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Comprehensive Study Of Health Care In Harris County Finds Alarming Trends

The research has found life expectancy varies across the county and calls for better coordination of health services between the county and the City of Houston.

This July 24, 2019, file photo shows an ambulance parked at the trauma center entrance of Ben Taub Hospital, in the Texas Medical Center.

A first of its kind study provides data and research on health care in Harris County and suggests ways to improve it. Some of the takeaways of the study are that life expectancy varies widely depending on which part of the county you live in and that the population has outgrown the health care infrastructure of the region.

The study found that the average life expectancy in Harris County is 78.7 years. However, it’s as low as 65 years and as high as 89 years in certain parts of the county. For example, life expectancy ranges from just 72 years, on average, in the East Little York-Settegast area to 82 years in the Memorial-Bear Creek area.

“Where you live often determines how well and how long you live,” said Dr. Umair Shah, executive director of Harris County Public Health, which prepared the study. 

Researchers analyzed factors like access to health care and mental health, as well as emergency preparedness and transportation.

 

The study, titled “Harris Cares: A 2020 Vision of Health in Harris County,” also found that obesity is a reason for concern in Harris County. The research found one in three children between the ages of 12 and 17 is overweight or obese. The problem is also significant in the adult population, where some neighborhoods have a majority of adults classified as obese.

The study notes that the population of unincorporated areas of Harris County is expected to pass the total population of the City of Houston in early 2020.  Researchers warn that growth “will place additional burdens on health care infrastructure for the county.”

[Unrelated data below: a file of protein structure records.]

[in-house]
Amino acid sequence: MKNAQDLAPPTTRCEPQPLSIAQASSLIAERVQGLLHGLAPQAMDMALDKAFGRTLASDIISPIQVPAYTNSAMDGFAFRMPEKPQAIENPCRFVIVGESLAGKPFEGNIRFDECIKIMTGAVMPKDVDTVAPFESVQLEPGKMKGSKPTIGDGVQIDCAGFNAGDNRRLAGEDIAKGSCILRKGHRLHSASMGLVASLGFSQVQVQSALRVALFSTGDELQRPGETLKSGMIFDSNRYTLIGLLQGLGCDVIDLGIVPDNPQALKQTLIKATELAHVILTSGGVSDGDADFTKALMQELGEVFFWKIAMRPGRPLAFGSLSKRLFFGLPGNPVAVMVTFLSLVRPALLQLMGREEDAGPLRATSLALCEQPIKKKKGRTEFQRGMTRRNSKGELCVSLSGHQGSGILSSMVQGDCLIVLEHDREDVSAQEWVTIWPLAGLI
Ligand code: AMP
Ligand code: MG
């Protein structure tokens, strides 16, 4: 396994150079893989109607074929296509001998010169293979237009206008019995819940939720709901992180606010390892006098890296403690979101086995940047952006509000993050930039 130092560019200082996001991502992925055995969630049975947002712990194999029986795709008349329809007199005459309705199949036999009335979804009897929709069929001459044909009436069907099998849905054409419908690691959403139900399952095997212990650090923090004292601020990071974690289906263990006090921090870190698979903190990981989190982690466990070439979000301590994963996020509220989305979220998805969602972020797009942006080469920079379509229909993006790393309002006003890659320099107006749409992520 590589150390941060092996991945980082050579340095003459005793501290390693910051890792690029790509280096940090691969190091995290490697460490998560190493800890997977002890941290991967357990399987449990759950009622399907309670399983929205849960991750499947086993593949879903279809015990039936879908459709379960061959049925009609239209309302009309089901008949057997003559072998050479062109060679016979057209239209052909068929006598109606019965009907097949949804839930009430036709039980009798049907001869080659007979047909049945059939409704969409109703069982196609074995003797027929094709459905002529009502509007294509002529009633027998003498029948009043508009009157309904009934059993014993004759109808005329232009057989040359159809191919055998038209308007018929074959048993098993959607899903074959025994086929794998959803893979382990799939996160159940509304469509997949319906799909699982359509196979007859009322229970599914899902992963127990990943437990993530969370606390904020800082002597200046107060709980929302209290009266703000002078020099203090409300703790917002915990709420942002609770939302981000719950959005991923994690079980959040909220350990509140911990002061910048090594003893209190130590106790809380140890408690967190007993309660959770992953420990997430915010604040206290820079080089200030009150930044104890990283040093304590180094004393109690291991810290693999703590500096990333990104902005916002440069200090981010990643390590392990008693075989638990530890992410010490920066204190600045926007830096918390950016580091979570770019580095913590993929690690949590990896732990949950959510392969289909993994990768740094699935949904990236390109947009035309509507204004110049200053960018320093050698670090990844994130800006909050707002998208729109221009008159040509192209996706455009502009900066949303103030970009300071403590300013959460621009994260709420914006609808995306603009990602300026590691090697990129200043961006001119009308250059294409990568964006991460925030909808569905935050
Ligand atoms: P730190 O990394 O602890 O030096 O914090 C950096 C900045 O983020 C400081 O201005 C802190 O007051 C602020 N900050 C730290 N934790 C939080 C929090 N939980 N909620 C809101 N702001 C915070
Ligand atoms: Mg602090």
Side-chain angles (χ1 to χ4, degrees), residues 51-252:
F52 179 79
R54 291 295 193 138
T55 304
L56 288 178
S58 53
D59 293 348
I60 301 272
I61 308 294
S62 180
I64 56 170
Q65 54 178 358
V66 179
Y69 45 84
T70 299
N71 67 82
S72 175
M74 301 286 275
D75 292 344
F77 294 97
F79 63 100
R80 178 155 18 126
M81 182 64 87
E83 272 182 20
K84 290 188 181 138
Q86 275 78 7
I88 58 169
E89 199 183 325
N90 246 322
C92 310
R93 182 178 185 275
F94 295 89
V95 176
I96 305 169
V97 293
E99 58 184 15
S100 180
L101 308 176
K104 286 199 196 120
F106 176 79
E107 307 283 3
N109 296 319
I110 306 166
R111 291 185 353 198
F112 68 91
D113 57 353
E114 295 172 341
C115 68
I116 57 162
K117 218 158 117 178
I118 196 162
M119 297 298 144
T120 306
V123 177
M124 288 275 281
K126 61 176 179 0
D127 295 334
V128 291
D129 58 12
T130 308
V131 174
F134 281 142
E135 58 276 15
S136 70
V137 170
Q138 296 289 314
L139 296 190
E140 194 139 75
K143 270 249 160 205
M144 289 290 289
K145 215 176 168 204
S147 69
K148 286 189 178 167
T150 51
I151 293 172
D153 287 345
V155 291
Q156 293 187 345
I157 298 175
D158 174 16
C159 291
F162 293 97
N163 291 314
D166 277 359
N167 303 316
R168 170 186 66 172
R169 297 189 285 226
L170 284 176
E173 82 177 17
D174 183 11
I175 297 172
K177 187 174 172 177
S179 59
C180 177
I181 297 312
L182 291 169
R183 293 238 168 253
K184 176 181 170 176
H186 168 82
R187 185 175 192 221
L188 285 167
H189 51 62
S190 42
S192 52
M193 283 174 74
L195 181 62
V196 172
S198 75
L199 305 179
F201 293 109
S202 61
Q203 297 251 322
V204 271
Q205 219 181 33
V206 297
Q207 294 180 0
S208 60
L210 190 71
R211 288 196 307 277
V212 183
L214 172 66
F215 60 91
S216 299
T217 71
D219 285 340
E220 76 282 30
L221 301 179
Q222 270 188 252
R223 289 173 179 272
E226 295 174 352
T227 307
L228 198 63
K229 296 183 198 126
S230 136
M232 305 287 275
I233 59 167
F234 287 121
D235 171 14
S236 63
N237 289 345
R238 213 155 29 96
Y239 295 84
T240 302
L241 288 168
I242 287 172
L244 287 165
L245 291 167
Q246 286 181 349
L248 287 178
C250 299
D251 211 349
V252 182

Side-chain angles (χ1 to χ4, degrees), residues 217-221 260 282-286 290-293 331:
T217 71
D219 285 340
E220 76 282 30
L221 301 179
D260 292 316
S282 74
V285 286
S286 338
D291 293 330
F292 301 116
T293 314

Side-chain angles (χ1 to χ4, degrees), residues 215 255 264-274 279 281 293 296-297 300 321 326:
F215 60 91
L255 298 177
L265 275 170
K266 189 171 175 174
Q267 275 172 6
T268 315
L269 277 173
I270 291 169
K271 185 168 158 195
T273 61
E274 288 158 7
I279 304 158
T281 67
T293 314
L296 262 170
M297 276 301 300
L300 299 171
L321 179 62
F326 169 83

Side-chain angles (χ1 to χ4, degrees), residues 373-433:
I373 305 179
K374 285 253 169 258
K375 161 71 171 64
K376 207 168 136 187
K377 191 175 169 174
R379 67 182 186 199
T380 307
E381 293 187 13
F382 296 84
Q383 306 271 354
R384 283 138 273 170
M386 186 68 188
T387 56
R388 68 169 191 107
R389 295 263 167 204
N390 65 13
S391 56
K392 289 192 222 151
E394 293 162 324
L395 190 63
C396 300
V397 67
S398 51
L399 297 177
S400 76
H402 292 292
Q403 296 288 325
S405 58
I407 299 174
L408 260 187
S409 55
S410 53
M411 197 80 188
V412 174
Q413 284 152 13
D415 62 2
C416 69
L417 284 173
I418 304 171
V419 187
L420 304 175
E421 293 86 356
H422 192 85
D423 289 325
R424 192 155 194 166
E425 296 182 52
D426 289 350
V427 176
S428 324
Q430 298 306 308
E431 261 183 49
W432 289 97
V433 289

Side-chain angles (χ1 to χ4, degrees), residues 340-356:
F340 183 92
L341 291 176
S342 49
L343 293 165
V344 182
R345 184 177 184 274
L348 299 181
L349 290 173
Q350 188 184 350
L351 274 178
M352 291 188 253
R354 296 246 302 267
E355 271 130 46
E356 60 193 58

They also found lack of health insurance is a persistent problem. The study shows approximately one in five adults in the county don’t have insurance. Depending on where you live, the problem is worse with some neighborhoods reporting just one in three adults with health coverage. 

The researchers also found that proximity to specialized health facilities can be challenging in Harris County and several population centers live more than 15 minutes away from a trauma center.

Harris County Precinct 2 Commissioner Adrian Garcia addressed that particular factor in a news conference held on Wednesday.

He noted the residents of his precinct, which amount to a population larger than that of Austin, Denver or Seattle, don’t have quick access to emergency care and said that represents a health care crisis.

“The east side of Harris County that has a critical asset in infrastructure as in the oil and gas industry and a population that is equal to these American cities has no trauma center,” Garcia said. “And there has been no effort in the past eight years to bring such an investment into the area.”

Garcia said residents in the area typically end up driving miles away to Ben Taub Hospital or LBJ Hospital in Northeast Houston for serious emergencies.

The study presents these five recommendations to improve health care in Harris County:

  • Incorporating health and social services in a more effective manner
  • Coordinating delivery of existing health care services and developing new health care infrastructure where needed
  • Enhance Harris County’s safety net system to better serve under or uninsured populations
  • Improve coordination, communication and collaboration across existing county and municipal governmental departments that impact health
  • Streamline and integrate health care and prevention services across Harris County and the City of Houston

HPM reporter Jen Rice contributed to this story.

You can read the entire study here:

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